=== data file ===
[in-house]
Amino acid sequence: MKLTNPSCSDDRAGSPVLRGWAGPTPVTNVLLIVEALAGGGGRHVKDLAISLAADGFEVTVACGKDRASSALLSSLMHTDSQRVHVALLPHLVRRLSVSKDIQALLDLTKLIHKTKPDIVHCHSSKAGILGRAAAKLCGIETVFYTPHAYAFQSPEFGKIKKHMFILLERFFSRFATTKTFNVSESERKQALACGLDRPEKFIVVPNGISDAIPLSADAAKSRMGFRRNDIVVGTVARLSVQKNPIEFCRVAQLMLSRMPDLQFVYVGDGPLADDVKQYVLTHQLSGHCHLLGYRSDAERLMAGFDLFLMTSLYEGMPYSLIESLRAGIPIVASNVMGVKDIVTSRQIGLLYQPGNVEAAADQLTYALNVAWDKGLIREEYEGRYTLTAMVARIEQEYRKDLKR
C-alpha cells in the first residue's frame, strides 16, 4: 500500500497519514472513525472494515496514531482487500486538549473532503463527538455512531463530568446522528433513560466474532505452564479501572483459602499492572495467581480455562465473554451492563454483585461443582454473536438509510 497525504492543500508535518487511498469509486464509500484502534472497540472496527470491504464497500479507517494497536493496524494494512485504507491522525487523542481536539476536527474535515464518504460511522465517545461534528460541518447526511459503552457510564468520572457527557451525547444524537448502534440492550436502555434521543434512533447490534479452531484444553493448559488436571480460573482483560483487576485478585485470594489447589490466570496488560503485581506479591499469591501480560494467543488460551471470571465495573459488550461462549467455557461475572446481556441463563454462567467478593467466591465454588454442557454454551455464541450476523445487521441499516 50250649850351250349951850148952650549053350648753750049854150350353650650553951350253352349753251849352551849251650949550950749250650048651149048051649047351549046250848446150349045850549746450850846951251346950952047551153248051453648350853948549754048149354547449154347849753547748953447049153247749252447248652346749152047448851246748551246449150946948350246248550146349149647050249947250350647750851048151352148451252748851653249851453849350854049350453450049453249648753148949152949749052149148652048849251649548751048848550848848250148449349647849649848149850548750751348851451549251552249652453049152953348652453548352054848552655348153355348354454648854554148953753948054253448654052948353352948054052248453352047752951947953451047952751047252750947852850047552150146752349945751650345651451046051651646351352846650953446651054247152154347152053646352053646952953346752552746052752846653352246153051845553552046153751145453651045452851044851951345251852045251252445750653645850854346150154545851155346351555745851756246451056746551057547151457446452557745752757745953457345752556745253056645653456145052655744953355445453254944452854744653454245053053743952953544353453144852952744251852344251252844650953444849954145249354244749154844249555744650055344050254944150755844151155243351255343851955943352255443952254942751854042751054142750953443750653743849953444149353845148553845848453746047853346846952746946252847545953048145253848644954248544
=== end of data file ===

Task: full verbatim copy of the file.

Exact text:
[in-house]
Amino acid sequence: MKLTNPSCSDDRAGSPVLRGWAGPTPVTNVLLIVEALAGGGGRHVKDLAISLAADGFEVTVACGKDRASSALLSSLMHTDSQRVHVALLPHLVRRLSVSKDIQALLDLTKLIHKTKPDIVHCHSSKAGILGRAAAKLCGIETVFYTPHAYAFQSPEFGKIKKHMFILLERFFSRFATTKTFNVSESERKQALACGLDRPEKFIVVPNGISDAIPLSADAAKSRMGFRRNDIVVGTVARLSVQKNPIEFCRVAQLMLSRMPDLQFVYVGDGPLADDVKQYVLTHQLSGHCHLLGYRSDAERLMAGFDLFLMTSLYEGMPYSLIESLRAGIPIVASNVMGVKDIVTSRQIGLLYQPGNVEAAADQLTYALNVAWDKGLIREEYEGRYTLTAMVARIEQEYRKDLKR
C-alpha cells in the first residue's frame, strides 16, 4: 500500500497519514472513525472494515496514531482487500486538549473532503463527538455512531463530568446522528433513560466474532505452564479501572483459602499492572495467581480455562465473554451492563454483585461443582454473536438509510 497525504492543500508535518487511498469509486464509500484502534472497540472496527470491504464497500479507517494497536493496524494494512485504507491522525487523542481536539476536527474535515464518504460511522465517545461534528460541518447526511459503552457510564468520572457527557451525547444524537448502534440492550436502555434521543434512533447490534479452531484444553493448559488436571480460573482483560483487576485478585485470594489447589490466570496488560503485581506479591499469591501480560494467543488460551471470571465495573459488550461462549467455557461475572446481556441463563454462567467478593467466591465454588454442557454454551455464541450476523445487521441499516 50250649850351250349951850148952650549053350648753750049854150350353650650553951350253352349753251849352551849251650949550950749250650048651149048051649047351549046250848446150349045850549746450850846951251346950952047551153248051453648350853948549754048149354547449154347849753547748953447049153247749252447248652346749152047448851246748551246449150946948350246248550146349149647050249947250350647750851048151352148451252748851653249851453849350854049350453450049453249648753148949152949749052149148652048849251649548751048848550848848250148449349647849649848149850548750751348851451549251552249652453049152953348652453548352054848552655348153355348354454648854554148953753948054253448654052948353352948054052248453352047752951947953451047952751047252750947852850047552150146752349945751650345651451046051651646351352846650953446651054247152154347152053646352053646952953346752552746052752846653352246153051845553552046153751145453651045452851044851951345251852045251252445750653645850854346150154545851155346351555745851756246451056746551057547151457446452557745752757745953457345752556745253056645653456145052655744953355445453254944452854744653454245053053743952953544353453144852952744251852344251252844650953444849954145249354244749154844249555744650055344050254944150755844151155243351255343851955943352255443952254942751854042751054142750953443750653743849953444149353845148553845848453746047853346846952746946252847545953048145253848644954248544